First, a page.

David Williams Appointed To Prepare Masterplan For Spain’s Oldest Golf Club, At Club Real Club De Golf De Las Palmas (1891)
May 22nd, 2018
Past President of the European Institute of Golf Course Architects (EIGCA) David Williams has been appointed by the oldest club in Spain, Real Club de Golf de Las Palmas to undertake a course review and prepare a masterplan for the long term development of the historic course, situated on the island of Gran Canaria.
Commenting on the appointment, David Williams stated “It is a great privilege to be appointed to assist RCG Las Palmas, one of Spain’s best and historic clubs, as well as one of the small number of Royal (Real) courses in the country. I look forward to the challenge of producing the masterplan, and working in very close collaboration with the club members and officials.”
Although the original club was founded in 1891 adjacent to the city of Las Palmas, the growth of the city ultimately took over that original course, and the club took the decision in 1953 to re-locate to the present site at Bandama, outside the city and adjacent to a large but extinct volcano, the crater of which can be seen from the course and clubhouse.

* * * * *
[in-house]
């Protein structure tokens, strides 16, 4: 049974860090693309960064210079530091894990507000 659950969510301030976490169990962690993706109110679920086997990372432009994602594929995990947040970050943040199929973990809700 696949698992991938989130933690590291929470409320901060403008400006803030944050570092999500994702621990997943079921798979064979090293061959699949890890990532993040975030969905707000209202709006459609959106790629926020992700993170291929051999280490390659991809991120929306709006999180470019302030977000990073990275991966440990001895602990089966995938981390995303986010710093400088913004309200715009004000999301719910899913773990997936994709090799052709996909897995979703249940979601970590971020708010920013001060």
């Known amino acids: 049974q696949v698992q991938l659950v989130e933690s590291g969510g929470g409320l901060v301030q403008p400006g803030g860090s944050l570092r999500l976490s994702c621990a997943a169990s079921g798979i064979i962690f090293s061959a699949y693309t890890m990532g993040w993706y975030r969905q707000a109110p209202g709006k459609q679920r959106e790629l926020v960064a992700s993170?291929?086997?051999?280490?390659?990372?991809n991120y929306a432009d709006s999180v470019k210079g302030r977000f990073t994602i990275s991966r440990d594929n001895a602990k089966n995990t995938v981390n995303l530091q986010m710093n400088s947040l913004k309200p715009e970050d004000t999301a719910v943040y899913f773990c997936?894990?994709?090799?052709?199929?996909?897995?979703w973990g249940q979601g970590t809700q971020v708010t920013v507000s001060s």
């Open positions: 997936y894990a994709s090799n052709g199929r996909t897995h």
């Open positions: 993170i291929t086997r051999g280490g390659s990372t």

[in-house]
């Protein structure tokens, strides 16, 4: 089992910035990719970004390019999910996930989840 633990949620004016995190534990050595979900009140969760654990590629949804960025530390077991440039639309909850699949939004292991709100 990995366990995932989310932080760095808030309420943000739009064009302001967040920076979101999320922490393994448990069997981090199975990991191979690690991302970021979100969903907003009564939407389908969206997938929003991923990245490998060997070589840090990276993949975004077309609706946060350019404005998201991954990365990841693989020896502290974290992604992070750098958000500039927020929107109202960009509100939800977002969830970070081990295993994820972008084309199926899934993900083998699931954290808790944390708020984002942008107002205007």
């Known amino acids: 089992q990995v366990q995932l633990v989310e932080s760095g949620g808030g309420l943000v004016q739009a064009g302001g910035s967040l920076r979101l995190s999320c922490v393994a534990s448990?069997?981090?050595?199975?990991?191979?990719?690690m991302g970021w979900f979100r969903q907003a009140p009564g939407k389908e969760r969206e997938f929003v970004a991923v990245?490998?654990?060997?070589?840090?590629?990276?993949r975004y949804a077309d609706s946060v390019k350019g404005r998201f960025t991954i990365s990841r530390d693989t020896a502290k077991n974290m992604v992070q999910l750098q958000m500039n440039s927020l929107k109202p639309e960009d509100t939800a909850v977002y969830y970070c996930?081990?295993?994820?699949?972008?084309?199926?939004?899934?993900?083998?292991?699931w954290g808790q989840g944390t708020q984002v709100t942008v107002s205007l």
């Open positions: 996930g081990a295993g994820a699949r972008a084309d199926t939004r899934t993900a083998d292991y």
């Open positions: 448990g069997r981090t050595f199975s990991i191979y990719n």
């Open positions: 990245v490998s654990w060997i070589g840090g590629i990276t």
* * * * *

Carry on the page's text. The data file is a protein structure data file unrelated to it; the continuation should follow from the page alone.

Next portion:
Philip Mackenzie Ross, creator of Southerness and remodeller of Turnberry, was selected to design the new course, which opened in 1957. As Williams comments,” Mackenzie Ross did a magnificent job in routing the course on a small but undulating site, and the fact that the course continues to be such an excellent test of golf is testament to his original design work”
He continued, “Originally, the course was fairly open, but the planting of thousands of trees in the intervening years has totally changed the appearance, character and challenge of the course.”
Williams commenced his appointment with a three day visit in early May 2018, initially walking the course in the company of Salvador Cuyás Morales, President, Mark Hammond, Captain, and Javier Suárez Fuentes, General Manager. As very low handicap players, the President and Captain played the course, in front of the watching Manager and Architect, who were very appreciative of the excellent golf played by both men, with many birdies. As David explained, “It was very useful seeing good players playing the course, which gave me an initial strong impression of the course and its challenge”.
Further course walks were undertaken during the other two days, accompanied by other members and officials, as well as a series of meetings, including with older members of the club, who could remember the early days of the current course. The club have also recently re-discovered the original Mackenzie Ross plans of the course and all 18 greens, which gave an interesting background to many of those discussions.
Further visits are planned for later this year to create and develop the masterplan, in full co-operation with club officials and all the members.